1, 12 ounce package frozen, unsweetened raspberries, defrosted

3/4 cup cold water, or cranberry-raspberry juice divided into 1/2 cup and 1/4 cup

1 tablespoon unflavored gelatin

1/4 cup granulated sugar

1 1/2 cups heavy cream


Chocolate Band:

2 ounces semisweet chocolate, finely chopped

2 ounces white chocolate, finely chopped

26 1/2 by 2 1/2-inch acetate strip


2 cups heavy cream

1/3 cup granulated sugar

1 pint fresh raspberries (optional)

For the Cake: preheat oven to 375 degrees F. Spray a half-sheet pan with pan coating, line with parchment and spray again. Also, have ready an 8 by 3-inch spring form pan and an 8-inch cardboard round.

Measure out milk in a microwaveable measuring cup. Add butter and microwave on high until butter is melted. Alternately, melt butter with milk on stovetop. Set aside, keeping warm.

 Meanwhile, sift flour and baking powder.

Place eggs, yolks and sugar in mixer’s bowl and whip on high speed using balloon whip attachment. Whip until a ribbon forms and the mixture is light, fluffy and has tripled in volume, about 5 minutes. Beat in vanilla extract.

Re-sift dry mixture over egg/sugar mixture in three separate batches, folding in each batch thoroughly using a large whisk. Be gentle and retain as much volume as possible.

When all of the dry mixture is incorporated, dribble in the butter/milk a little at a time, folding slowly and carefully. The liquid is heavier than the batter and if you do not fold it in so that it is suspended in the batter, it will sink and create a rubbery layer in your sponge.

Spread the batter into the pan, using an offset spatula to spread evenly. It will be thin.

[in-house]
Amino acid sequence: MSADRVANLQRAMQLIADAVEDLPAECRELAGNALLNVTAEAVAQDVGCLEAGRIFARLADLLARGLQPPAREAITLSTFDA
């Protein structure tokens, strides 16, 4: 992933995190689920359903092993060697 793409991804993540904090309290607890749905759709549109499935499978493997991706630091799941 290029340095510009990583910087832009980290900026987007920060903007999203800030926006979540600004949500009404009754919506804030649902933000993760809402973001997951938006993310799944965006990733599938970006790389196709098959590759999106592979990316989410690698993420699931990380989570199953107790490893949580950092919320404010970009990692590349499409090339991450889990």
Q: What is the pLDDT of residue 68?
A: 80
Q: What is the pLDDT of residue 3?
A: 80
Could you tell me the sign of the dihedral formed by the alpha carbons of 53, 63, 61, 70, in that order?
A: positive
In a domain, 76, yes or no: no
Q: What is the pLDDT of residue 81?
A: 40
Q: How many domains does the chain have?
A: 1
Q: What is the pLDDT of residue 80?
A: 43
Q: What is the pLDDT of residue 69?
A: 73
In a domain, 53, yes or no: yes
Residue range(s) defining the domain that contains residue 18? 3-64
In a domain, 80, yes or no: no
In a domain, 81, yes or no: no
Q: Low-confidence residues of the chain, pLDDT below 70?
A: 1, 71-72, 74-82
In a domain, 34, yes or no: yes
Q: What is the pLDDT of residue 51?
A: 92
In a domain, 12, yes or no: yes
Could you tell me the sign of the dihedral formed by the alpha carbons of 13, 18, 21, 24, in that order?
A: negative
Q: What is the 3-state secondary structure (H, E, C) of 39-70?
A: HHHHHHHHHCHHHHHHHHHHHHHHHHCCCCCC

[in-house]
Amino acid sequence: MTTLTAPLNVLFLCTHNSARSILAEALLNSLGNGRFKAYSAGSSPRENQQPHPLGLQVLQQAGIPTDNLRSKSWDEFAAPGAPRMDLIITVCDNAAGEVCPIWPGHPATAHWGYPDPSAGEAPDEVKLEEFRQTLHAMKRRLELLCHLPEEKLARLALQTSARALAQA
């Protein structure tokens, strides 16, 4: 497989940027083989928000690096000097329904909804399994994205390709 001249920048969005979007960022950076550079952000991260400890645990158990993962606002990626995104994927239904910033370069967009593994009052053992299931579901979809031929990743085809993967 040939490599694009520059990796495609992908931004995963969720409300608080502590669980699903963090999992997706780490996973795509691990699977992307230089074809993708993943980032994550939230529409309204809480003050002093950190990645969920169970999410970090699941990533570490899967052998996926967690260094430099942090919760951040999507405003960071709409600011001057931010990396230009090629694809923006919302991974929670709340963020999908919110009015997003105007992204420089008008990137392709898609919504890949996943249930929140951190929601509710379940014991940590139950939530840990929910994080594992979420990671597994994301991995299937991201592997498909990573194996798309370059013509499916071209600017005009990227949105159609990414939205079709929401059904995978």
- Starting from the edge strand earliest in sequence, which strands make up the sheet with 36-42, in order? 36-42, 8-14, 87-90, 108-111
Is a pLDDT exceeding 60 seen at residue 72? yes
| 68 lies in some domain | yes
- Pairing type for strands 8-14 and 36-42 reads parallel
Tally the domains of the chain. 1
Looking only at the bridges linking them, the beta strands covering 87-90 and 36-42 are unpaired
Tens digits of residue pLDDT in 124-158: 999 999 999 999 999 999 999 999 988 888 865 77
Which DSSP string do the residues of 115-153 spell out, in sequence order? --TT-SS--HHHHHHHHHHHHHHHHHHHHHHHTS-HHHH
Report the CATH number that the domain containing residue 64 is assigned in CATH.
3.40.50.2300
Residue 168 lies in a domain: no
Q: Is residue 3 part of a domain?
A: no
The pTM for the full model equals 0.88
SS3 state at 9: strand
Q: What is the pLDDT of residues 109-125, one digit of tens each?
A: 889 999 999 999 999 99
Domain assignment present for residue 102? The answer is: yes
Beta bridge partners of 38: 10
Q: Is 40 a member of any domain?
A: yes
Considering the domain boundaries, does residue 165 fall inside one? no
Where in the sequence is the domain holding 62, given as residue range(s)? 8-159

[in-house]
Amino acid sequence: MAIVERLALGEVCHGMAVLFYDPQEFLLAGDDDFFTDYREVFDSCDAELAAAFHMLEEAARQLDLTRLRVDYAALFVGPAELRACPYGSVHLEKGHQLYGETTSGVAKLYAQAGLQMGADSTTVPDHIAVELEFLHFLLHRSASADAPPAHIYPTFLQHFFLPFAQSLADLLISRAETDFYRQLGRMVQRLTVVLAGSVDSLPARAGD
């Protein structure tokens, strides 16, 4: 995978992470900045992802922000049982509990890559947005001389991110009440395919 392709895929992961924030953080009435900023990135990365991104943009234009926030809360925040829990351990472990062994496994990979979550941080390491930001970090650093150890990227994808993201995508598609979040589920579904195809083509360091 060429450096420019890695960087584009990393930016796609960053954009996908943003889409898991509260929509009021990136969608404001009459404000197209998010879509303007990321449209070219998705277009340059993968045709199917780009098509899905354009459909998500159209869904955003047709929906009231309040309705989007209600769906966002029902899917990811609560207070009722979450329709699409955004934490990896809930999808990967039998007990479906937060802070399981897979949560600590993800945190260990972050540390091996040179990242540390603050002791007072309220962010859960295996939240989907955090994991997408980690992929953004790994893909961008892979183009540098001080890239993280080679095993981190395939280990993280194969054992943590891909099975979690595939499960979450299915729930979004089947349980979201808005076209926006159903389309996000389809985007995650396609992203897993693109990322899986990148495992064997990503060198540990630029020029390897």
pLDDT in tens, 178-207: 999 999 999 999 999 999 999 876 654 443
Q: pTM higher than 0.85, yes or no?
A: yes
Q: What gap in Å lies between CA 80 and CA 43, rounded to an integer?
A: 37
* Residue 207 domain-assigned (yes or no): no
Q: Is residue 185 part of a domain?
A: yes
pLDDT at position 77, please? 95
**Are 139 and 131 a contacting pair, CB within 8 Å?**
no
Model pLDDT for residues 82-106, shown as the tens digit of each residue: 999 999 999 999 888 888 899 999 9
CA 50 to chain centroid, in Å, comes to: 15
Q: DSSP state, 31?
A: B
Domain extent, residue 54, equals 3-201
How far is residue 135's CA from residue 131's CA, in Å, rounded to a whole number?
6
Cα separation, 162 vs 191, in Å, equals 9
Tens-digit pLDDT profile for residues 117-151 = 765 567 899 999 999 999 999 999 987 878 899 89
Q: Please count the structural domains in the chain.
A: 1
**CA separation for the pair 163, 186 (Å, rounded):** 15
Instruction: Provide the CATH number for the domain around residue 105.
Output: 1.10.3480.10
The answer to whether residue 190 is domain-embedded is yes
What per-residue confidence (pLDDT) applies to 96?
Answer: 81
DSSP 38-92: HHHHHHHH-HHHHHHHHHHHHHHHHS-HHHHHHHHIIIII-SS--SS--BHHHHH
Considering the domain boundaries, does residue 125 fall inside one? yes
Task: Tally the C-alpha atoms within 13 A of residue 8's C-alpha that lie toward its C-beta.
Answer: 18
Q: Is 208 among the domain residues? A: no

Bake for about 8 to 10 minutes, rotating front to back once during baking time. The cake should spring back to the touch, a toothpick will test clean and it will just be beginning to turn golden. Do not let it over-brown or it will loose its flexibility.

Place on wire rack to cool. Use immediately, or wrap in plastic (still in pan) wrap and store at room temperature for 24 hours.

For the Mousse:  pour defrosted raspberries and any juice into bowl of food processor fitted with metal blade. Turn on machine and process until berries are pureed and fruit is completely smooth. The metal blade will chop up some of the seeds. It is not necessary to strain. This may take as long as 1 to 2 minutes. Pour into large bowl.

Pour 1/2 cup juice or water into large microwaveable measuring cup, sprinkle gelatin over liquid, stir to combine. Let sit to soften for 5 minutes. Add remaining 1/4 cup liquid and sugar. Heat in microwave until gelatin is melted and sugar is dissolved, stirring once or twice. Alternately, heat in small pan on stovetop. Add melted gelatin mixture to raspberry puree.

 Place bowl with puree over another bowl filled with ice and cold water and stir until thickened. This may take as long as 30 minutes. Stir often until puree is as thick as raw egg white.